However if I had to try and rationalize tinnitus, it would have to be this:

      tinnitus <= ear structural changes <= x,y,z modulating factors

      My concern is:

      - Tinnitus = Mild? Intense? Can it worsen?
      - Ear structural changes = Permanent? Temporary / Self-resolve? Reversible?
      - X, Y, Z modulating factors = Which is the silver bullet? Is there even one?

      I think the number one confusion is when you exit the ENT’s office and you are told “your ears are fine”. Obviously they are not fine, since I have tinnitus.

      I can attest to the fact that the nervous system is the biggest modulator of tinnitus because the moment I slept (I have been sleeping fine for the past 5 days), the tinnitus disappeared from my radar even though it is still there the same it was before. I could write a success story right now and it would not be a lie.

      However, I do want to find what’s wrong. Partially because this thing may one day worsen.

      My thought process is that one first must focus on one thing: “have my ears changed?”

      The answer is an obvious “yes”. So then we must ask: “what has caused this change and what has changed?”

      I think by logic, we need to separate the parts that attach to the ear structures as the cause, while categorizing all the other parts and conditions as modulators.

      Cause: ligament that connects the middle ear to the mandible, Eustachian tubes connecting the “face” to the middle ear (sort of).

      Modulators: literally everything around the ears plus the nervous system. Then you discover that we all have imbalances and imperfections everywhere, then we blame cortisol and low testosterone and stress and then we lose the ball. I don’t argue anything Greg said, I just think it all boils down to one or two things. It has to, or we will all go nuts chasing ghosts.

      Therefore, one may have an imperfect TMJ and have no tinnitus but someone else can have it due to the structural change issued by x, y, z to the ligament attached to the ear tools responsible for sound. The same way one may have Eustachian tube dysfunction without fluid or nasal inflammation, but caused by x, y, z thus a structural issue, which coincidentally leads to a direct change to the ear tools responsible for sound (eardrum, ossicles).

      Now, all the rambling may be seen as useless because we don’t discuss a direct, simple “cure”. Well.

      I think one must trial and error and attempt to correct body parts not with the intention of correcting THEM, but with the intention of change radiating to the parts directly responsible for ear changes / tinnitus. What do I mean is, I did extensive neck treatment once tinnitus started. It provided objective improvement on my neck and relief but zero improvement on tinnitus. That doesn’t mean the neck can’t be an x,y,z modulator because... it is. However it also means that treating it did not provide “change” to the parts directly responsible for ear changes. I think it can provide change as in “improvement but no cure” as stated by @linearb.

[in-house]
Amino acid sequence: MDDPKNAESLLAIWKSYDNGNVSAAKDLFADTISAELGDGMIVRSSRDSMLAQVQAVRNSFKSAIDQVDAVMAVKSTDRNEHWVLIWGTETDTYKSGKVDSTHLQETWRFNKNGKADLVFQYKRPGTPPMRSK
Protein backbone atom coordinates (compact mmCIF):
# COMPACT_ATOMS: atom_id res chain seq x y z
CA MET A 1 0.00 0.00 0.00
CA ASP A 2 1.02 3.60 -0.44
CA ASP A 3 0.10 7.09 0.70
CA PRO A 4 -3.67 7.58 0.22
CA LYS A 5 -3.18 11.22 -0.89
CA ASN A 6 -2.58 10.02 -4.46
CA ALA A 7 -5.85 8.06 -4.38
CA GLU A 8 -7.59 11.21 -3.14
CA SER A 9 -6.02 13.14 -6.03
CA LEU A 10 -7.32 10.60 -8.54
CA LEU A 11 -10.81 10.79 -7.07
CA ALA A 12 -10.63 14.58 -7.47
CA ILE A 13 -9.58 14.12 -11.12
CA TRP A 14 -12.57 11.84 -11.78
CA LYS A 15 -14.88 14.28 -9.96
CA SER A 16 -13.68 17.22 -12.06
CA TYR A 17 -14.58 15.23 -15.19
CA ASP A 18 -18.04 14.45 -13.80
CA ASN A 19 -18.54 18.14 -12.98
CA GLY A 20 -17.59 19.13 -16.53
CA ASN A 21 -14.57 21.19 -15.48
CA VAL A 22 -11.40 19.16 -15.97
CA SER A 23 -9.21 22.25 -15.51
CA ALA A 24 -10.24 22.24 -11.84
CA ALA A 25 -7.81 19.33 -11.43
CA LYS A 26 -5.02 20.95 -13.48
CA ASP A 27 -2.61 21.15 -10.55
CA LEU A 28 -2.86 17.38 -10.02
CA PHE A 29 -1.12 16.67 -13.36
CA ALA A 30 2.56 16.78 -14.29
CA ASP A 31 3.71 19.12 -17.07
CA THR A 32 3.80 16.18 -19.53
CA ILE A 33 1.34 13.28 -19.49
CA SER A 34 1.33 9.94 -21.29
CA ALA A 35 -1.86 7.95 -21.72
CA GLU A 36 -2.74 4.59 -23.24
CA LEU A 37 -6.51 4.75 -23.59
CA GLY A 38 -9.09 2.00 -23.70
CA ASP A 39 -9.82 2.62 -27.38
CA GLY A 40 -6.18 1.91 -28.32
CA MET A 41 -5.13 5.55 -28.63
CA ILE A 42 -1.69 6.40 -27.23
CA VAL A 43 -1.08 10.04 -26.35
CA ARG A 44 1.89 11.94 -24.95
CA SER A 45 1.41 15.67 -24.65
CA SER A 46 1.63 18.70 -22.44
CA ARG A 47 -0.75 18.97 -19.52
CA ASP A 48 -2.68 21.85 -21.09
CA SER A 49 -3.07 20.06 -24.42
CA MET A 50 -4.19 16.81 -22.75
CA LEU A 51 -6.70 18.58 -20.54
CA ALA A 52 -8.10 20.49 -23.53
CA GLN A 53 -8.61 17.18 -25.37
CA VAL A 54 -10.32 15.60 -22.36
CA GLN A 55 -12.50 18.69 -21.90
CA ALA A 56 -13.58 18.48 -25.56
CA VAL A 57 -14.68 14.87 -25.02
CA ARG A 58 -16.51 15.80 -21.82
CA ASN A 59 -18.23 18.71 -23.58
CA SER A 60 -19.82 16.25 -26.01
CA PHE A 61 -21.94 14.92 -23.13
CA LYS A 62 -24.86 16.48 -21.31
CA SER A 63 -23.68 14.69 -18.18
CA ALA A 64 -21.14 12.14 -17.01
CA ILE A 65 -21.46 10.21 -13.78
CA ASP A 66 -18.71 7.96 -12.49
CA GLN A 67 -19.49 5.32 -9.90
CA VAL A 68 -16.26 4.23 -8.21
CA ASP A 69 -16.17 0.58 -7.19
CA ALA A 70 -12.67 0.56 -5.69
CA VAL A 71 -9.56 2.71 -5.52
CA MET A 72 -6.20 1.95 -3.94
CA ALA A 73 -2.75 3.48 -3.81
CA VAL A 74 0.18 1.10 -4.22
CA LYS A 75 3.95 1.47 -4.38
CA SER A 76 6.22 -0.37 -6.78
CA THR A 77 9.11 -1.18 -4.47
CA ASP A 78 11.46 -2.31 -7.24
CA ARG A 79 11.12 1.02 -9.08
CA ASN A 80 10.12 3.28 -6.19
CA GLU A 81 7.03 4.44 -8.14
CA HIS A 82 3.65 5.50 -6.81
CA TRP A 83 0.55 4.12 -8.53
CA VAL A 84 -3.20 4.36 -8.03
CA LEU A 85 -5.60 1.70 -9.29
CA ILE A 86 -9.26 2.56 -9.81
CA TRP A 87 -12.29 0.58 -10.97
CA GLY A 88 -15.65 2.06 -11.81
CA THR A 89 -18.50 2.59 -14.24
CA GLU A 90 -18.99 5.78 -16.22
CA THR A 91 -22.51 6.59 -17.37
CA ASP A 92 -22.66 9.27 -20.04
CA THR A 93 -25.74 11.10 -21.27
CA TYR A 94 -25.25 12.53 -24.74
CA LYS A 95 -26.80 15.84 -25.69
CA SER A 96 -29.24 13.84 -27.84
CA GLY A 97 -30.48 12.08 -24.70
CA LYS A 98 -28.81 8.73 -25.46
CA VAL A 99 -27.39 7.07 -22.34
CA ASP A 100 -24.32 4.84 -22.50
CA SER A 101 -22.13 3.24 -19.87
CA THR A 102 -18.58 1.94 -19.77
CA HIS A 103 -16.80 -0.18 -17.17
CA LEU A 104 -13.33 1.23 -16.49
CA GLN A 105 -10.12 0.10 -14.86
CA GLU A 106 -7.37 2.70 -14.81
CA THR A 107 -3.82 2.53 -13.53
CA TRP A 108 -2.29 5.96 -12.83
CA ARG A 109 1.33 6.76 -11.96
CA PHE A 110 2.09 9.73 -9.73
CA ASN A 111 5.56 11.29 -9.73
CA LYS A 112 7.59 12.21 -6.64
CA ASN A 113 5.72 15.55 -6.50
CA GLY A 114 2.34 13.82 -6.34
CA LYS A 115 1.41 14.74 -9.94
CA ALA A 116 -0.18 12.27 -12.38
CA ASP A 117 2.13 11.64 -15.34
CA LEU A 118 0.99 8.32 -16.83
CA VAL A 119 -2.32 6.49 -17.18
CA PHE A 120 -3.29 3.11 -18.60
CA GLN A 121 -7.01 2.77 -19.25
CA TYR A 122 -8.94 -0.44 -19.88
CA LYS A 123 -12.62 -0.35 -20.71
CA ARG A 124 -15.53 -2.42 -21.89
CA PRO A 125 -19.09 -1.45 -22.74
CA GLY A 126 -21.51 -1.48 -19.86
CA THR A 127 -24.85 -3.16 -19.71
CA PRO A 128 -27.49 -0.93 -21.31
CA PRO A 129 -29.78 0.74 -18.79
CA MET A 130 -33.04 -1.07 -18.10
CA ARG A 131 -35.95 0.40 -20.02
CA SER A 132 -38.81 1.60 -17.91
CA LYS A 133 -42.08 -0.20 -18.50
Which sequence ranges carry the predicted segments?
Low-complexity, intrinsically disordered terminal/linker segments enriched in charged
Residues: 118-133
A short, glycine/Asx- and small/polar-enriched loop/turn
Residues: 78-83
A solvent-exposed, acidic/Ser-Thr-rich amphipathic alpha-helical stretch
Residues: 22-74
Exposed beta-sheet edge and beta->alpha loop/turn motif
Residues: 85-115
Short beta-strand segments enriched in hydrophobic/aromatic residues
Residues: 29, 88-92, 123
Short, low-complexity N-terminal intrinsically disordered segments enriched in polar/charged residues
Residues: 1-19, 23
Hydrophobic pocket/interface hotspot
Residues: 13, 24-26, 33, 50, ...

The same way, a splint may help someone if it actually positively impacts the ligament attaching from the mandible to the ear’s malleus (?). It may have no impact or even negative impact, which is why many do not see themselves cured.

      The same way, manual therapy to the face may shift bones in ways that prevent or reverse the faulty position that directly affects the ears. It may correct muscle imbalance that affects the condyle and therefore the ligament, or it may relieve malfunction of the Eustachian tubes and restore proper equalization so, bam, tinnitus goes away.

      Maybe it doesn’t go away for all instantly. Maybe the changes to the ear drum and ossicles are such that they can’t change but the nervous system has to “adapt” to it and tinnitus dissipates slowly afterwards. It is I think true though that a condition is present, causing tinnitus. Unless we find it, there are excellent chances of worsening in the future and/or fluctuations even daily.

      It is these fluctuations that make me think that something is directly tampering with the ossicles, since we do not have inner ear damage. What is the one thing that can do it? Whatever attaches the rest of “us” to the ossicles and whatever directly impacts the ear drum (ETD is one). The tensor tympani also connects the ear to the palatine muscles and therefore the rest of the muscles of the face.

      I guess one should pretty much try everything until they see actual improvement, then they know they are at the right place. So far I did TENS, TECAR and manual therapy for my neck, no change. Now I do cranial fascial therapy with a manual therapist who attempts to shift bones and also my bite, it affects me mentally but not with tinnitus directly. I’ll try more, I’ll eventually nail it. Haven’t touched the masticatory muscles yet, haven’t done CBCT or a detailed endoscopy.